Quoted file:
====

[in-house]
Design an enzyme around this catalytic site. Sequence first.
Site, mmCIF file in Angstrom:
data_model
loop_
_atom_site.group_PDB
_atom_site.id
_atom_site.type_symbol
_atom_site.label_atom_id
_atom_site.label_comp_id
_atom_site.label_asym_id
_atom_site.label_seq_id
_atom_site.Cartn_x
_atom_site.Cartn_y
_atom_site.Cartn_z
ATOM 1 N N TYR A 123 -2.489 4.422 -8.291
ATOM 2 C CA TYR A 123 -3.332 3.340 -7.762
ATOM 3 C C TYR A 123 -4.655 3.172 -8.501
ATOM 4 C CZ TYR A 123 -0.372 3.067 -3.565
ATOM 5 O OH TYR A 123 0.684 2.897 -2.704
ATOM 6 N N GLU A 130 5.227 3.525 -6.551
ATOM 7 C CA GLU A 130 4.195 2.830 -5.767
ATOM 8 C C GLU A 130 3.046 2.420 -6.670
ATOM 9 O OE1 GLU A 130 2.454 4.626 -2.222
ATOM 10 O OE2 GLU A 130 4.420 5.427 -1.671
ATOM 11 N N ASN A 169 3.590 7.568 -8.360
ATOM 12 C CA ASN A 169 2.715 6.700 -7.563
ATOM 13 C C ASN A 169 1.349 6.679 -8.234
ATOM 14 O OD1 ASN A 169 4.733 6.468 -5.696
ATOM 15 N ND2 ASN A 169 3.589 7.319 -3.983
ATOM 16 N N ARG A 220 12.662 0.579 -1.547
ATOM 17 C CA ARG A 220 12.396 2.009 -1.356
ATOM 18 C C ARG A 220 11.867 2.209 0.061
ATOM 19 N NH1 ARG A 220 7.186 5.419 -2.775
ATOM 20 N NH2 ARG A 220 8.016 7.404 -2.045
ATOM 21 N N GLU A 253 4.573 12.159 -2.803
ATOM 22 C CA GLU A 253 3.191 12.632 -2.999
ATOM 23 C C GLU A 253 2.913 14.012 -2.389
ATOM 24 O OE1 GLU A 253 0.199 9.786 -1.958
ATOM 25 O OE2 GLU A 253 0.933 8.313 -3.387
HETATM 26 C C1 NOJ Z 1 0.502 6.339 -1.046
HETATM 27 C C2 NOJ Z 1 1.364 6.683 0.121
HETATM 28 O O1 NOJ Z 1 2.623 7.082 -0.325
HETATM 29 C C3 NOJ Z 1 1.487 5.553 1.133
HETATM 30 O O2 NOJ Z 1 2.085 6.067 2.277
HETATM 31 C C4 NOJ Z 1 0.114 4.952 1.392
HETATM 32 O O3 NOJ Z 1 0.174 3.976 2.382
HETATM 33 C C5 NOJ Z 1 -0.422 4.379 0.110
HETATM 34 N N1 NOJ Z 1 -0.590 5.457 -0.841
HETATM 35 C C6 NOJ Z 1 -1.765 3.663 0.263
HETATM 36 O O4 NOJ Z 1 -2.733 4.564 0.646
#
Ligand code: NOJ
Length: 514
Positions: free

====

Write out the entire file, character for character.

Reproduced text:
[in-house]
Design an enzyme around this catalytic site. Sequence first.
Site, mmCIF file in Angstrom:
data_model
loop_
_atom_site.group_PDB
_atom_site.id
_atom_site.type_symbol
_atom_site.label_atom_id
_atom_site.label_comp_id
_atom_site.label_asym_id
_atom_site.label_seq_id
_atom_site.Cartn_x
_atom_site.Cartn_y
_atom_site.Cartn_z
ATOM 1 N N TYR A 123 -2.489 4.422 -8.291
ATOM 2 C CA TYR A 123 -3.332 3.340 -7.762
ATOM 3 C C TYR A 123 -4.655 3.172 -8.501
ATOM 4 C CZ TYR A 123 -0.372 3.067 -3.565
ATOM 5 O OH TYR A 123 0.684 2.897 -2.704
ATOM 6 N N GLU A 130 5.227 3.525 -6.551
ATOM 7 C CA GLU A 130 4.195 2.830 -5.767
ATOM 8 C C GLU A 130 3.046 2.420 -6.670
ATOM 9 O OE1 GLU A 130 2.454 4.626 -2.222
ATOM 10 O OE2 GLU A 130 4.420 5.427 -1.671
ATOM 11 N N ASN A 169 3.590 7.568 -8.360
ATOM 12 C CA ASN A 169 2.715 6.700 -7.563
ATOM 13 C C ASN A 169 1.349 6.679 -8.234
ATOM 14 O OD1 ASN A 169 4.733 6.468 -5.696
ATOM 15 N ND2 ASN A 169 3.589 7.319 -3.983
ATOM 16 N N ARG A 220 12.662 0.579 -1.547
ATOM 17 C CA ARG A 220 12.396 2.009 -1.356
ATOM 18 C C ARG A 220 11.867 2.209 0.061
ATOM 19 N NH1 ARG A 220 7.186 5.419 -2.775
ATOM 20 N NH2 ARG A 220 8.016 7.404 -2.045
ATOM 21 N N GLU A 253 4.573 12.159 -2.803
ATOM 22 C CA GLU A 253 3.191 12.632 -2.999
ATOM 23 C C GLU A 253 2.913 14.012 -2.389
ATOM 24 O OE1 GLU A 253 0.199 9.786 -1.958
ATOM 25 O OE2 GLU A 253 0.933 8.313 -3.387
HETATM 26 C C1 NOJ Z 1 0.502 6.339 -1.046
HETATM 27 C C2 NOJ Z 1 1.364 6.683 0.121
HETATM 28 O O1 NOJ Z 1 2.623 7.082 -0.325
HETATM 29 C C3 NOJ Z 1 1.487 5.553 1.133
HETATM 30 O O2 NOJ Z 1 2.085 6.067 2.277
HETATM 31 C C4 NOJ Z 1 0.114 4.952 1.392
HETATM 32 O O3 NOJ Z 1 0.174 3.976 2.382
HETATM 33 C C5 NOJ Z 1 -0.422 4.379 0.110
HETATM 34 N N1 NOJ Z 1 -0.590 5.457 -0.841
HETATM 35 C C6 NOJ Z 1 -1.765 3.663 0.263
HETATM 36 O O4 NOJ Z 1 -2.733 4.564 0.646
#
Ligand code: NOJ
Length: 514
Positions: free